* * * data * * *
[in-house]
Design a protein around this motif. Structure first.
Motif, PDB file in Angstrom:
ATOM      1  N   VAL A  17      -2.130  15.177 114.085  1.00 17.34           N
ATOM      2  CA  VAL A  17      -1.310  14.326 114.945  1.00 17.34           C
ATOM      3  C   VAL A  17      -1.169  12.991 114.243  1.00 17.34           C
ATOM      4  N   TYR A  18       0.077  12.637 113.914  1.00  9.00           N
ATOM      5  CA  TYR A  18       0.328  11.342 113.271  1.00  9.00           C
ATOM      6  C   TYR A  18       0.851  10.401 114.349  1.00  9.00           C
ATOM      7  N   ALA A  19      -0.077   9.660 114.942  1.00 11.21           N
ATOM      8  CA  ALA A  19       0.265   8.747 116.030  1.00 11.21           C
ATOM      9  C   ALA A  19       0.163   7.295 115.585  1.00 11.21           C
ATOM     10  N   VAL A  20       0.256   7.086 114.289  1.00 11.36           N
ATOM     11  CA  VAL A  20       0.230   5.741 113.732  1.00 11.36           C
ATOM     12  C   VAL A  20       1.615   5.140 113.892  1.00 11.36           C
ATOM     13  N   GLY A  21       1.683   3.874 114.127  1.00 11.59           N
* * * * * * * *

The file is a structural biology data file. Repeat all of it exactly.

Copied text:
[in-house]
Design a protein around this motif. Structure first.
Motif, PDB file in Angstrom:
ATOM      1  N   VAL A  17      -2.130  15.177 114.085  1.00 17.34           N
ATOM      2  CA  VAL A  17      -1.310  14.326 114.945  1.00 17.34           C
ATOM      3  C   VAL A  17      -1.169  12.991 114.243  1.00 17.34           C
ATOM      4  N   TYR A  18       0.077  12.637 113.914  1.00  9.00           N
ATOM      5  CA  TYR A  18       0.328  11.342 113.271  1.00  9.00           C
ATOM      6  C   TYR A  18       0.851  10.401 114.349  1.00  9.00           C
ATOM      7  N   ALA A  19      -0.077   9.660 114.942  1.00 11.21           N
ATOM      8  CA  ALA A  19       0.265   8.747 116.030  1.00 11.21           C
ATOM      9  C   ALA A  19       0.163   7.295 115.585  1.00 11.21           C
ATOM     10  N   VAL A  20       0.256   7.086 114.289  1.00 11.36           N
ATOM     11  CA  VAL A  20       0.230   5.741 113.732  1.00 11.36           C
ATOM     12  C   VAL A  20       1.615   5.140 113.892  1.00 11.36           C
ATOM     13  N   GLY A  21       1.683   3.874 114.127  1.00 11.59           N